Rumpus: How do you manage to sometimes lightly mock yet avoid condescending to them?

Fishburne: I guess because I liked these characters, even the foolish ones. If somebody did something wrong I had the feeling of: Well that’s just the way he’s chosen to move through the world. It’s a sort of empathetic detachment. I think that grandmothers are quite good at this sort of thing. You can set the local funeral parlor on fire and when your grandmother hears about it, she’ll cluck and say, “Well, he had such a tough week, poor thing.” I think novel writers have a lot to learn from grandmothers.

Rumpus: The setting of Going to See the Elephant is more or less the present, but your telling of the tale, even the title itself, has a sly quality of deliberate nostalgia. Talk about the intentions of that choice and about your efforts to realize it–in what ways did you find it, perhaps, limiting or liberating?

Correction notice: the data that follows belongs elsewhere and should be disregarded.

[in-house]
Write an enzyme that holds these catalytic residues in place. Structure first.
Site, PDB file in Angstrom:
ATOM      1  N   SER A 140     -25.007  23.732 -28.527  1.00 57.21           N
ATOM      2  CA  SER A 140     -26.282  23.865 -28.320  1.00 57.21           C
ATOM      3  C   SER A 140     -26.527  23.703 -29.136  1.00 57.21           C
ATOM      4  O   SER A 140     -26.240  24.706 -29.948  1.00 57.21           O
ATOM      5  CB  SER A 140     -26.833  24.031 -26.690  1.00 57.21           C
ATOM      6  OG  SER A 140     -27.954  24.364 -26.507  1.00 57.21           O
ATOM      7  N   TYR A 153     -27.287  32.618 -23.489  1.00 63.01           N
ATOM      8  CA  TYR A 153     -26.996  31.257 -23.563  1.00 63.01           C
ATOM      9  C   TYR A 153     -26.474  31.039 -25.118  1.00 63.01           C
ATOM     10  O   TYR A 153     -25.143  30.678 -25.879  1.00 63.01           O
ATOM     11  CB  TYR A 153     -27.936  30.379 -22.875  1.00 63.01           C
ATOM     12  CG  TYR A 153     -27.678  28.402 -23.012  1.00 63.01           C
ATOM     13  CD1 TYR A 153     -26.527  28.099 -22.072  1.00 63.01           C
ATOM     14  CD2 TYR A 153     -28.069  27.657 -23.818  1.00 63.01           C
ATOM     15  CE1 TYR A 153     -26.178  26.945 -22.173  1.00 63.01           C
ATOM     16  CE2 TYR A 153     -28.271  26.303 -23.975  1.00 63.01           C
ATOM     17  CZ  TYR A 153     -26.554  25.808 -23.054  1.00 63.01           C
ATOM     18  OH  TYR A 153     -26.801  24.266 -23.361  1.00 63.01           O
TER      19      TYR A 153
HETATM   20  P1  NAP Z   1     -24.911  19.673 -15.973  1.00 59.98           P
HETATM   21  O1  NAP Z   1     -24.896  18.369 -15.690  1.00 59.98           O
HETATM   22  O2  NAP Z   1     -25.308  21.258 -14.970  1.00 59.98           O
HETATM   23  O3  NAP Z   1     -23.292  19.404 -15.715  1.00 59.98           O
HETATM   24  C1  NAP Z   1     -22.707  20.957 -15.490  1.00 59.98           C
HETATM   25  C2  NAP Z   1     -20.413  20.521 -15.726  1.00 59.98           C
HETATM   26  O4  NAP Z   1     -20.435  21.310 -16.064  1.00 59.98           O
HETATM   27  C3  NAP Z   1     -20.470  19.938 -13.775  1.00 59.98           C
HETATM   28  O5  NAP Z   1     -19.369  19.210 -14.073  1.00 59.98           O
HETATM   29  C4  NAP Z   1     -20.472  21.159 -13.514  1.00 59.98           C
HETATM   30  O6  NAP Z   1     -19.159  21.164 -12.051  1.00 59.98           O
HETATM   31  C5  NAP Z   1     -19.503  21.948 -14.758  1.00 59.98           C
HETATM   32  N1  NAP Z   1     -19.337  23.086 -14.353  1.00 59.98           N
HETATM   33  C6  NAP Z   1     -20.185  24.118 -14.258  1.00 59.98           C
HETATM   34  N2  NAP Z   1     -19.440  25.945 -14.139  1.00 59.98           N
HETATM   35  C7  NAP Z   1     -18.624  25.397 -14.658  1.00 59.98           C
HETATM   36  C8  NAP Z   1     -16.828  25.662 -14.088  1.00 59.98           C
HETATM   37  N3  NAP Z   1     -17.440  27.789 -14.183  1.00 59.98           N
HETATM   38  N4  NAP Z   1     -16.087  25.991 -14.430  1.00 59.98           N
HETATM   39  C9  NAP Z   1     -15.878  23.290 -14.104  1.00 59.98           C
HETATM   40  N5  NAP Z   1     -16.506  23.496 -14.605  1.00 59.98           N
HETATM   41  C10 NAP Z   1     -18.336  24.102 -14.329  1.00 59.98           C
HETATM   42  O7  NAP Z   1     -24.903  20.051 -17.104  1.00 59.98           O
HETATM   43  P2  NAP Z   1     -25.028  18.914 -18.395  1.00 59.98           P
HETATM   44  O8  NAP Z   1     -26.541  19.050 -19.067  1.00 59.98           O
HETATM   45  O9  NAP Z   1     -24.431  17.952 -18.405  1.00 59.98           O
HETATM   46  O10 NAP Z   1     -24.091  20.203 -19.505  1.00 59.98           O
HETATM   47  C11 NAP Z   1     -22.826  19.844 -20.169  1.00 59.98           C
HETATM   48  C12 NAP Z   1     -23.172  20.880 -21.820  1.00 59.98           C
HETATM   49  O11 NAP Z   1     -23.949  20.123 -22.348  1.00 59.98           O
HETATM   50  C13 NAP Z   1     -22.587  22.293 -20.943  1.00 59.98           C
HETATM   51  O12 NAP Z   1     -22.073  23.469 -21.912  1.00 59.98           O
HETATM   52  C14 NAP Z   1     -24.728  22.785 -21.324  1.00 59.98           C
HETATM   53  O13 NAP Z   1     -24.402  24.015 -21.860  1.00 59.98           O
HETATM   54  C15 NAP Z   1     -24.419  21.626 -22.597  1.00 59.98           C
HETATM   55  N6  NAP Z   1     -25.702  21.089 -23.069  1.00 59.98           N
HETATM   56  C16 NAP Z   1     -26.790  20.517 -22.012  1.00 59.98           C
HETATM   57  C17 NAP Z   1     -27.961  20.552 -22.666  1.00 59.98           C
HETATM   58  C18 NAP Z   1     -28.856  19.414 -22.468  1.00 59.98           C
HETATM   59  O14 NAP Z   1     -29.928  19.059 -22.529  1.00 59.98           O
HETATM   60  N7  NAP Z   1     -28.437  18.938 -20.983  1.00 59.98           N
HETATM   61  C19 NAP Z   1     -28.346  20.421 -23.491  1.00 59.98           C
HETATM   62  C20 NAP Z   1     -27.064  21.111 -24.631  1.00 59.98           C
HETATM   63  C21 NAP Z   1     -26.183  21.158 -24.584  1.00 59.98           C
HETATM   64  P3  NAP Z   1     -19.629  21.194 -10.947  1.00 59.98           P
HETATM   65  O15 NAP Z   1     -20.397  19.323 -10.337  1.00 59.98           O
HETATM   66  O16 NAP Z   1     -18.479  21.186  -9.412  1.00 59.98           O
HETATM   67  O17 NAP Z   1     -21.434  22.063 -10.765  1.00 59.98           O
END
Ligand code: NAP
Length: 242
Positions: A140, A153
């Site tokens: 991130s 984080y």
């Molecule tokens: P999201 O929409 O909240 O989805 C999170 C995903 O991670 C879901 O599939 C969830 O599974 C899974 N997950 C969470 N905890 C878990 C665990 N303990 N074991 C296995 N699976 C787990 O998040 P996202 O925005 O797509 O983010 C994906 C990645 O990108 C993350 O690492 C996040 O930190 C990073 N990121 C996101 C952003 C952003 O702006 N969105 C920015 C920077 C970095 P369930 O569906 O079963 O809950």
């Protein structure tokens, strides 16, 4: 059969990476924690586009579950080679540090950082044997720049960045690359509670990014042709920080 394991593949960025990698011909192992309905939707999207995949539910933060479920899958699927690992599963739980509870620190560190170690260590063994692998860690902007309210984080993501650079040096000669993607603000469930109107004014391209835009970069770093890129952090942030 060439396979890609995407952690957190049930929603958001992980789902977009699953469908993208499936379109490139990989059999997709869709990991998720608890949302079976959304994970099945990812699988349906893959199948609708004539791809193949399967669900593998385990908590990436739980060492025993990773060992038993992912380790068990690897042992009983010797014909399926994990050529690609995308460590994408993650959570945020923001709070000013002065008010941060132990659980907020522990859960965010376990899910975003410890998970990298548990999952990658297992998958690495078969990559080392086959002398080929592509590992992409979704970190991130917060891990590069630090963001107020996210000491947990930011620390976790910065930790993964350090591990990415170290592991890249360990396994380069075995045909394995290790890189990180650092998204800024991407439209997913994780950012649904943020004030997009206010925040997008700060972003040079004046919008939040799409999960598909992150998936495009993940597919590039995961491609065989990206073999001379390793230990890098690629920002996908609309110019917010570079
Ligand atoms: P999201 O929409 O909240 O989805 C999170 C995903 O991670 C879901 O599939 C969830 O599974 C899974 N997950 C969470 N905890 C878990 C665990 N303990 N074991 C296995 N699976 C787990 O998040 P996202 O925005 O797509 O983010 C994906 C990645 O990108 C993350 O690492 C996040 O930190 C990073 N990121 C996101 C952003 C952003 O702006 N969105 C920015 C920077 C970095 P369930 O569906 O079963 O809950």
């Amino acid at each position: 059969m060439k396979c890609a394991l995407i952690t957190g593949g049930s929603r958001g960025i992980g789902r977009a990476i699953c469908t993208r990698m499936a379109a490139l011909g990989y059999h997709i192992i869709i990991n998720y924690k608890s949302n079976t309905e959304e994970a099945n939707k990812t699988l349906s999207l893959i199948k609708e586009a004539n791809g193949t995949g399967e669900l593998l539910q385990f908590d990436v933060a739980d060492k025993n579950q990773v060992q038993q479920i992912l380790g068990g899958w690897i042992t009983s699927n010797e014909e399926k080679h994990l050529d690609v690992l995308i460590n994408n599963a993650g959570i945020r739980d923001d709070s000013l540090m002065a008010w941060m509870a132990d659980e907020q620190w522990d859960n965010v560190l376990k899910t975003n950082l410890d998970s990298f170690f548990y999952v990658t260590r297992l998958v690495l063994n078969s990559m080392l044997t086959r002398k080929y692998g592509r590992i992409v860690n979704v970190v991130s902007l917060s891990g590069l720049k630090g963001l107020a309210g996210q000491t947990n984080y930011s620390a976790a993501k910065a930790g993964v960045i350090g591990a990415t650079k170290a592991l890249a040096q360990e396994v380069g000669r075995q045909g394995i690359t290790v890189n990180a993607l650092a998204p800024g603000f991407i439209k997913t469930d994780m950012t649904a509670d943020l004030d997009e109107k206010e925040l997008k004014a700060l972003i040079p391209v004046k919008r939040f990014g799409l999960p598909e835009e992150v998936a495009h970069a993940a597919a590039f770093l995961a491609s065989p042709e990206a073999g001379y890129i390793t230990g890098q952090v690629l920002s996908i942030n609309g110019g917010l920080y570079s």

Fishburne: It comes down to the fact that San Francisco is a timeless city for me. There’s something new and vibrant about her, but also something very classic. So when I was writing the book I didn’t want to have a line that said, “And then Obama won the presidency!” or something that would immediately peg the time because I wanted the city and the story to exist in another, imaginative space. That was what was interesting to me. Not trying to make the novel seem as realistic as the real world.

Rumpus: Has your disposition toward the book or its characters changed in any way since publication has officially put them out there in the world?